2 tbsp ground cinnamon

1 can full fat coconut milk, refrigerated overnight
1/2 cup sucanat
1-2 tbsp Irish whiskey

Lightly oil a large mixing bowl; set aside. Add the water to a small bowl and lightly stir in the yeast; add a pinch of sugar and set aside until foamy (15-20 minutes). In a small saucepan over medium heat, melt the butter, then stir in the sugar, sweet potato and milk just until warm and sweet potato has dissolved. Remove from heat and let cool for 10-15 minutes (if you don’t let it cool, the heat from the mixture will kill the yeast). Add 3 cups of the flour and salt to the bowl of a stand mixer fitted with the hook attachment; mix for 10-15 seconds. Add the sweet potato and yeast mixture, then mix dough on medium-high speed for 6-7 minutes. If the dough is not pulling away from the sides of the bowl, add additional flour, 1 tablespoon at a time. I achieved a perfect dough with two additional tablespoons. But if you live in a humid climate, it’s likely you’ll need to add the full 1/4 cup. Once the dough has finished kneading, transfer it to the prepared mixing bowl, cover with a towel, and store in a warm part of your house until the dough doubles, about 2 hours.
Lightly oil two 6 cup jumbo muffin pans; set aside. Line a flat surface with parchment paper and sprinkle with flour. Roll the dough out into an 18×12 rectangle. Spread with butter then cover with brown sugar and cinnamon. Starting at the long end, tightly (seriously, I said tightly!) roll the dough into a log, then cut it unto 12 even pieces. Transfer the rolls to the prepared pan, leaving even space between. Cover pan with a towel and allow the rolls to rise for one hour. Bake at 375˚F for 12-14 minutes. Allow to cool in pan.
To make the glaze, start by opening the can of coconut milk and separating the thick, white milk fat from the water. Add 1/4 cup of the coconut water to a small saucepan set over medium-high heat. Whisk in the sugar and bring to a boil. Boil for 5-6 minutes, whisking only a few times, then stir in 1 cup of the coconut milk fat (you may have more or less, depending on your can of coconut milk – that’s ok). Reduce the heat to medium and boil the mixture for 5 minutes, whisking every minute or so. If you added less than 1 cup of coconut milk fat, you’ll want to cook the mixture for an extra minute or two. Off the heat and stir in the whiskey. Transfer the glaze to a glass jar and drizzle over warm cinnamon rolls. You can store the rolls in an air tight container for up to three days (I recommend not drizzling with glaze until ready to consume). Glaze can be kept in the refrigerator for up to one week.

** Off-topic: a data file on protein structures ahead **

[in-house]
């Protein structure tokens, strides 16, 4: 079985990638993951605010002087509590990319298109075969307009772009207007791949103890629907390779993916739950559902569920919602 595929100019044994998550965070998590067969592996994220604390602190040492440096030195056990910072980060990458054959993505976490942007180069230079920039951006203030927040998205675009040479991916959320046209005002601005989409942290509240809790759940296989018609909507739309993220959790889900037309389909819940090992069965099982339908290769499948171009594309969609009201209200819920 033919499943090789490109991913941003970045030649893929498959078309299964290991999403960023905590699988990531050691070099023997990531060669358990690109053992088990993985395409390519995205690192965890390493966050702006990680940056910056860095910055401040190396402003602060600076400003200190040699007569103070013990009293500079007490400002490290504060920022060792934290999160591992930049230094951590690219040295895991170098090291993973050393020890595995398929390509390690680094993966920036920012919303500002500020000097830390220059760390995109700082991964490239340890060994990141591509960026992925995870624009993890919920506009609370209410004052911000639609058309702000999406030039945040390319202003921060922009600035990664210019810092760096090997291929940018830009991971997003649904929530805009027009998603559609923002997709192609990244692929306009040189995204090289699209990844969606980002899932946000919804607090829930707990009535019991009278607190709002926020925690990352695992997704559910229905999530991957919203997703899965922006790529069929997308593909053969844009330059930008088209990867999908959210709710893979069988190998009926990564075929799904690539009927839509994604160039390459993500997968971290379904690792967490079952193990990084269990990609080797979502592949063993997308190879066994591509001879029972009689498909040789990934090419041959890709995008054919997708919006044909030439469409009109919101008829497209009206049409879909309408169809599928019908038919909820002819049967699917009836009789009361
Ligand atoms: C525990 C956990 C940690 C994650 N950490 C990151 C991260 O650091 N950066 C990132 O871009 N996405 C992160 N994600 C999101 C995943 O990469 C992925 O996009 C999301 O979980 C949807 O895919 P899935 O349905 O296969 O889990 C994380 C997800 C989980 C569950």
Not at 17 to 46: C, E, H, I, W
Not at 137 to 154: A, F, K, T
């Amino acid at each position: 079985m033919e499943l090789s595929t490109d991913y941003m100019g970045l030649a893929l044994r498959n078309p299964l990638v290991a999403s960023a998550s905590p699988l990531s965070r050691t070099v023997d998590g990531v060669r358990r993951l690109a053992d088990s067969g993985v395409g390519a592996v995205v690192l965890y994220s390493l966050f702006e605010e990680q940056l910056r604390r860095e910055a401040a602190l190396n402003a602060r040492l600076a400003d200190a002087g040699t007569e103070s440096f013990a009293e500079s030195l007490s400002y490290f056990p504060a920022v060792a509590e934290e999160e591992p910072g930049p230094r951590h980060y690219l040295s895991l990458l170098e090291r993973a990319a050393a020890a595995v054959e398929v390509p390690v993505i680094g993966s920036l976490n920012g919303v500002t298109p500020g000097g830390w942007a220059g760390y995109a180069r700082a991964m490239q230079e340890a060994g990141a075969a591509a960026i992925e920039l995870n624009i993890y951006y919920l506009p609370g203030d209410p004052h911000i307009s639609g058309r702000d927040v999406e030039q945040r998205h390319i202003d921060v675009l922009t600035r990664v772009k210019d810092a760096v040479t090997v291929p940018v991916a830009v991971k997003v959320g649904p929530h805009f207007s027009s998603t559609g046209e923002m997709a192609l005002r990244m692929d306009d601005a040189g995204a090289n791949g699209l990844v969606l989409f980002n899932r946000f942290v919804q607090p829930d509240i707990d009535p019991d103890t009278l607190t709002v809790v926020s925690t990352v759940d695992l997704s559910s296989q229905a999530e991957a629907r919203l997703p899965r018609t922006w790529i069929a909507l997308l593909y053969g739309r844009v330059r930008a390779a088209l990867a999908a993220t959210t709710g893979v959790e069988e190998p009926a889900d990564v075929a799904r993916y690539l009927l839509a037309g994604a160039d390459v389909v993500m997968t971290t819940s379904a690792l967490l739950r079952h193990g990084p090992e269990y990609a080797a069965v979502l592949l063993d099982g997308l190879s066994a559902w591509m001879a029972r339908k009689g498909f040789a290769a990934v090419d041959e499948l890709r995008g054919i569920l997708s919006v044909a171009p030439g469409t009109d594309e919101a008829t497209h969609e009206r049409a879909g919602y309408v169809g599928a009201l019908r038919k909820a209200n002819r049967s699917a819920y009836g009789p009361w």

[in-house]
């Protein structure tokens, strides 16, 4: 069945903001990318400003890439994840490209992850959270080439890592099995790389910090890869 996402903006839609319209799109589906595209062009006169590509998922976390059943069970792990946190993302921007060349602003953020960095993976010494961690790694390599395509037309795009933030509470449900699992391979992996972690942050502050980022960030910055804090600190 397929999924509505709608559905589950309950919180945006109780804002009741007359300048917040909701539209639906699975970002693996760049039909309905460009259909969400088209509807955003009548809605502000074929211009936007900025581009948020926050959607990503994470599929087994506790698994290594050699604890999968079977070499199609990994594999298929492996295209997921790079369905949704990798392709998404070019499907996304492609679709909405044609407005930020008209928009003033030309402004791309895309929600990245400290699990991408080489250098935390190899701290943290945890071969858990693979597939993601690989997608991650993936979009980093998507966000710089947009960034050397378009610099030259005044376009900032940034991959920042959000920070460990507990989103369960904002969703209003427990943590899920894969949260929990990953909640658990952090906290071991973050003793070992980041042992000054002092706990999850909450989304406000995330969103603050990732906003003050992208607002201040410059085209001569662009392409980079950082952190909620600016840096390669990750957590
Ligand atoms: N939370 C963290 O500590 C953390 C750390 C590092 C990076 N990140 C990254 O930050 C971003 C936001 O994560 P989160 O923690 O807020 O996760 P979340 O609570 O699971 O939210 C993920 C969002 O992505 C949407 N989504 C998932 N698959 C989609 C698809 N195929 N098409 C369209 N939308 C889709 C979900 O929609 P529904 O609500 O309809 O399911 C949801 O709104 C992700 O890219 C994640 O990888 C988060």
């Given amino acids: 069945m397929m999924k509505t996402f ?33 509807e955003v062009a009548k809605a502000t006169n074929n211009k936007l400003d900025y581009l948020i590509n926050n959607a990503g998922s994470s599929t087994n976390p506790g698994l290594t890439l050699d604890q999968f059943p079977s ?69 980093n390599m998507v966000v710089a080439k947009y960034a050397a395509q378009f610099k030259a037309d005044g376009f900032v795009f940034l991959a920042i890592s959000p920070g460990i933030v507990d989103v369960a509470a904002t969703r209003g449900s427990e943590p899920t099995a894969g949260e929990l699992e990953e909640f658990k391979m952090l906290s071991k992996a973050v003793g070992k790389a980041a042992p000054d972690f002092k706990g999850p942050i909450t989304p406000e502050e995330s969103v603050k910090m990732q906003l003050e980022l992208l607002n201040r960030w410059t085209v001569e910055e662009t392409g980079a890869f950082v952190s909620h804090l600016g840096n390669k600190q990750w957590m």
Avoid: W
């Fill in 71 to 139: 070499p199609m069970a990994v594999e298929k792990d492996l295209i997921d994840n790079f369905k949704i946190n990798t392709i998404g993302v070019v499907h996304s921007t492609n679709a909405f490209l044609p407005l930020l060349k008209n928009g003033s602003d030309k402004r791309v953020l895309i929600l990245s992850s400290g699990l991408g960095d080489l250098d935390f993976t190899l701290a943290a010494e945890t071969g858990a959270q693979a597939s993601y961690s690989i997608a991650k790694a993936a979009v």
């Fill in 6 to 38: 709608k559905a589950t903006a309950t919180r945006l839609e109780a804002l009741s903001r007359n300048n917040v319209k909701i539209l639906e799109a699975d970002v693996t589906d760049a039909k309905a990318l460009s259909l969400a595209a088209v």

Yield: 12 rolls


Chocolate stout cupcakes with Irish whiskey ganache + Irish cream frosting

Chocolate stout cupcakes with Irish whiskey ganache + Irish cream frosting

I drank my first Guinness atop the Storehouse in Dublin exactly two years ago this Sunday. It was then that I decided I didn’t particularly care for Guinness, but I did like the view from the Storehouse. Despite the gray clouds and fog that lingered over the city, it was stunning. Almost like Dublin was built for the gray. I also liked watching the men in kilts, and how they swayed ever so perfectly with their every step or turn. It was hypnotizing, almost. A nice respite from the pint of bitter syrup that set in front of my face, begging to be drank. But I just couldn’t do it. So I pushed my beer over to Thom’s side of the table and declared that I was not my father’s daughter. Because she would love and bathe in Guinness. And so that night we stumbled home drunk and I emailed my dad to tell him the unfortunate news surrounding my Guinness experience; how I hoped he wouldn’t disown me But seriously how does anyone drink that stuff?

He didn’t disown me (thank goodness) but he did write back saying how much he wished he could have been there with us, and that it was his dream to drink a Guinness at the top of the Storehouse on St. Patrick’s Day. I remember the words like it was yesterday: You’re living my dream.

That struck me in the gut. And not in a good way. Why am I living his dream? That’s not fair. I want him to live his dream. And so Thom and I spent an entire year devising a plan to surprise my dad with a trip to Ireland so that he could finally live his dream of drinking a Guinness at the Storehouse on St. Patrick’s Day. And in May of last year, we purchased the tickets and made it final; there was no turning back. Except there was because I bought travel insurance like any level headed person does when they do something as bold as buy their dad and step mom plane tickets for a surprise trip to Ireland.